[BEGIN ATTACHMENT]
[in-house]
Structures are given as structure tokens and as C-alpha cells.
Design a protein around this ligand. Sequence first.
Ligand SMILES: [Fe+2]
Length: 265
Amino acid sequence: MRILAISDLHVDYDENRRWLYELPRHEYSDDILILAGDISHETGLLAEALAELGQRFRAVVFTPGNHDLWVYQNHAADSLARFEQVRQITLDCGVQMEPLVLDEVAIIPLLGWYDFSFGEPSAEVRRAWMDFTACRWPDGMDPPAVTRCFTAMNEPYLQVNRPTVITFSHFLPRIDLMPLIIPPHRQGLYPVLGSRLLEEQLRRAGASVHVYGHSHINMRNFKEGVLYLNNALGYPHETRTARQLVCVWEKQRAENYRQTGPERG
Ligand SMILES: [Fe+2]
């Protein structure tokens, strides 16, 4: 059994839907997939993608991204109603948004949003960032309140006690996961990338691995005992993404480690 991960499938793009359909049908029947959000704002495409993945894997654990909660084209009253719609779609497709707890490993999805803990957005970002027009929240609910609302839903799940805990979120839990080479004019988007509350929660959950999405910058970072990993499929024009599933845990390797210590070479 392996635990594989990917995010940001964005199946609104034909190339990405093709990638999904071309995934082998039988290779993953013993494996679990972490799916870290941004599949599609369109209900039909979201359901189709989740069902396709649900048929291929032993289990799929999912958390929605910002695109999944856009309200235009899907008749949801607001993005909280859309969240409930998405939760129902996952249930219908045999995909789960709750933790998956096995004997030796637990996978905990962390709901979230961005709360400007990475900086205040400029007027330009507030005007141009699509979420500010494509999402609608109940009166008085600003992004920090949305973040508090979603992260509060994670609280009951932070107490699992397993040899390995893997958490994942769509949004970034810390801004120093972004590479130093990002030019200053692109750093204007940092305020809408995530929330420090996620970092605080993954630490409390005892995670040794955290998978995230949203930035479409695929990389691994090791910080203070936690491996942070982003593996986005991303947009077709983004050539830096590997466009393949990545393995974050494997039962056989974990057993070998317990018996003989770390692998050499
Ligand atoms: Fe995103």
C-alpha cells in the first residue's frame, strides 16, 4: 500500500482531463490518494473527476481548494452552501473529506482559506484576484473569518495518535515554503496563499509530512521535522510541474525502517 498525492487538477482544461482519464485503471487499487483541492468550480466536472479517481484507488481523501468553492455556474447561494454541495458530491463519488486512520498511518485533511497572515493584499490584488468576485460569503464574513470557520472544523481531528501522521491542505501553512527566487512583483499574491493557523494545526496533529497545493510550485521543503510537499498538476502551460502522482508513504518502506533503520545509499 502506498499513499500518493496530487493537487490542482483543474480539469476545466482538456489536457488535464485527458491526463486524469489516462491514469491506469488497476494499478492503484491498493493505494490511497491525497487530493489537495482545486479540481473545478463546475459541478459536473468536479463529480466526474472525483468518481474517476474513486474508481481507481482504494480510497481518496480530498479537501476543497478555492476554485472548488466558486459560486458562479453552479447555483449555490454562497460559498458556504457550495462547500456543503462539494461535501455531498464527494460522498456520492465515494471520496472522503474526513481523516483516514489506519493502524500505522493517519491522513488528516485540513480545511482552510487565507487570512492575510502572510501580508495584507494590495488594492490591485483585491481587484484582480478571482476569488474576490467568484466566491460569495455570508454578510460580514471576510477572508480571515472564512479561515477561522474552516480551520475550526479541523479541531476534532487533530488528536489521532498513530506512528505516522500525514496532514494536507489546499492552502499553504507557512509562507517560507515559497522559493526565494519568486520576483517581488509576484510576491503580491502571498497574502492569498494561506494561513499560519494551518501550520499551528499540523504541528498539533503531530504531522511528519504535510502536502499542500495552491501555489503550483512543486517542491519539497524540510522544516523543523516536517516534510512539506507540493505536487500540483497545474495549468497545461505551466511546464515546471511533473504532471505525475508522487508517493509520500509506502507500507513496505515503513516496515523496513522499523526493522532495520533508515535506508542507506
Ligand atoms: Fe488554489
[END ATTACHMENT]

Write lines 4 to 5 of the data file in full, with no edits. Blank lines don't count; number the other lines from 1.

Ligand SMILES: [Fe+2]
Length: 265